Please use this identifier to cite or link to this item: https://doi.org/10.1021/ie0710216
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dc.titleMultivariate temporal data analysis using self-organizing Maps. 1. Training methodology for effective visualization of multistate operations
dc.contributor.authorNg, Y.S.
dc.contributor.authorSrinivasan, R.
dc.date.accessioned2014-06-17T07:45:11Z
dc.date.available2014-06-17T07:45:11Z
dc.date.issued2008-10-15
dc.identifier.citationNg, Y.S., Srinivasan, R. (2008-10-15). Multivariate temporal data analysis using self-organizing Maps. 1. Training methodology for effective visualization of multistate operations. Industrial and Engineering Chemistry Research 47 (20) : 7744-7757. ScholarBank@NUS Repository. https://doi.org/10.1021/ie0710216
dc.identifier.issn08885885
dc.identifier.urihttp://scholarbank.nus.edu.sg/handle/10635/64267
dc.description.abstractMultistate operations are common in chemical plants and result in high-dimensional, multivariate, temporal data. In this two-part paper, we develop self-organizing map (SOM)-based approaches for visualizing and analyzing such data. In Part 1 of this paper, the SOM is used to reduce the dimensionality of the data and effectively visualize multistate operations in a three-dimensional map. A key characteristic of multistate processes is that the plant operates for long durations at steady states and undergoes brief transitions involving large changes in variable values. When classical SOM training algorithms are used on data from multistate processes, large portions of the SOM become dedicated to steady states, which exaggerates even minor noise in the data. Also, transitions are represented as discrete jumps on the SOM space, which makes it an ineffective tool for visualizing multistate operations. In this Part 1, we propose a new training strategy specifically targeted at multistate operations. In the proposed strategy, the training dataset is first resampled to yield equal representation of the different process states. The SOM is trained with this state-sampled dataset. Furthermore, clustering is applied to group neurons of high similarity into compact clusters. Through this strategy, modes and transitions of multistate operations are depicted differently, with process modes visualized as intuitive clusters and transitions as trajectories across the SOM. We illustrate the proposed strategy using two realcase studies, namely, startup of a laboratory-scale distillation unit and operation of a refinery hydrocracker. © 2008 American Chemical Society.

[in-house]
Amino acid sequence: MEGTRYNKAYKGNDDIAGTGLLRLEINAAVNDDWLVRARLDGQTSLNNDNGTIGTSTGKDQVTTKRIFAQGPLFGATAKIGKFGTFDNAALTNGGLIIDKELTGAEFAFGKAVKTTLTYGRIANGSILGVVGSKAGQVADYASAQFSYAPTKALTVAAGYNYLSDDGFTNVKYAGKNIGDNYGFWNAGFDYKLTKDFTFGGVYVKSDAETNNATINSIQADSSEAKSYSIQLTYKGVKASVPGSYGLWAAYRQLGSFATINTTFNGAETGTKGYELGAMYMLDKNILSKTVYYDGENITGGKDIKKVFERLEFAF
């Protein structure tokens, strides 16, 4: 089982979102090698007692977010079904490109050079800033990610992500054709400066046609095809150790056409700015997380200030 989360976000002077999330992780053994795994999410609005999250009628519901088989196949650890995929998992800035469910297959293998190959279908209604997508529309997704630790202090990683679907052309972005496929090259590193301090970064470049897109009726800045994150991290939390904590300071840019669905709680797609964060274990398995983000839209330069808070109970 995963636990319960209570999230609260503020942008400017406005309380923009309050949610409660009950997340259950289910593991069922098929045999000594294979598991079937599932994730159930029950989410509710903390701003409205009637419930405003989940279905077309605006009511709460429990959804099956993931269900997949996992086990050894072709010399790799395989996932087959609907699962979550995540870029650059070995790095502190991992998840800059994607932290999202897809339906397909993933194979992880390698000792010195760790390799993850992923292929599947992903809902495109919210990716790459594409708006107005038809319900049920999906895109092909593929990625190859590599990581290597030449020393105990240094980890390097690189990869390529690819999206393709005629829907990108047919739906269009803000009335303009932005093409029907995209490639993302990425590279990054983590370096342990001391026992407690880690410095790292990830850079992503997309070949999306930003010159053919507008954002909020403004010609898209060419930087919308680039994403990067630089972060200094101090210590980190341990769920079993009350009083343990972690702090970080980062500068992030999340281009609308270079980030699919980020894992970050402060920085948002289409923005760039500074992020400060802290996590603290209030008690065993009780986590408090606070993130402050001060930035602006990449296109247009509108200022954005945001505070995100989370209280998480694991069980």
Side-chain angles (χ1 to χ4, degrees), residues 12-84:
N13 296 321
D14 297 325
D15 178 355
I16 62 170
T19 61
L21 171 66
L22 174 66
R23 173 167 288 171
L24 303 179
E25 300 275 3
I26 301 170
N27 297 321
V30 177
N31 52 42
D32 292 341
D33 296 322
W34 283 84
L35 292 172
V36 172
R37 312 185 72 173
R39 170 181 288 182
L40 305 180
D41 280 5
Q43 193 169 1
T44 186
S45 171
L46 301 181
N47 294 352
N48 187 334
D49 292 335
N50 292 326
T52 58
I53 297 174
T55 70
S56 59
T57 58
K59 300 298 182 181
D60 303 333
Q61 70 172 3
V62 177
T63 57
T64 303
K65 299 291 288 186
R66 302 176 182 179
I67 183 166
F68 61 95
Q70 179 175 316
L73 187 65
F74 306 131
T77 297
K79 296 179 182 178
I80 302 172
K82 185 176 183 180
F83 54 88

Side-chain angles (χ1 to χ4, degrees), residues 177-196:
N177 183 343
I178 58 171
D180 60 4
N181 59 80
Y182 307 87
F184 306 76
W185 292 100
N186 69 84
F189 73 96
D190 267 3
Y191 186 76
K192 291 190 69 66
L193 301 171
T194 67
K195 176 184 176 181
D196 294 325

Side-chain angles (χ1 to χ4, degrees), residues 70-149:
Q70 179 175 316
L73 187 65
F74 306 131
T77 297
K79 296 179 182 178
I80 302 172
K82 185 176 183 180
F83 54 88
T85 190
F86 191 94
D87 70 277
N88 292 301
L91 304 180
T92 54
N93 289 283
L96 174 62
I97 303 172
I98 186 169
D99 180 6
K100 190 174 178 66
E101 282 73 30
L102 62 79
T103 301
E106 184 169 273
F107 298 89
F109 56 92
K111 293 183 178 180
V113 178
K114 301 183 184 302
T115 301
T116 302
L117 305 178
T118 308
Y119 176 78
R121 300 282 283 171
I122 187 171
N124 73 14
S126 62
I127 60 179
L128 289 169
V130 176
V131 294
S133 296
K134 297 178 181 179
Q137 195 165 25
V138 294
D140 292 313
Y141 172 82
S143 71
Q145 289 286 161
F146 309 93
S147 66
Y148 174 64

dc.description.urihttp://libproxy1.nus.edu.sg/login?url=http://dx.doi.org/10.1021/ie0710216
dc.sourceScopus
dc.typeArticle
dc.contributor.departmentCHEMICAL & BIOMOLECULAR ENGINEERING
dc.description.doi10.1021/ie0710216
dc.description.sourcetitleIndustrial and Engineering Chemistry Research
dc.description.volume47
dc.description.issue20
dc.description.page7744-7757
dc.description.codenIECRE
dc.identifier.isiut000259904900031
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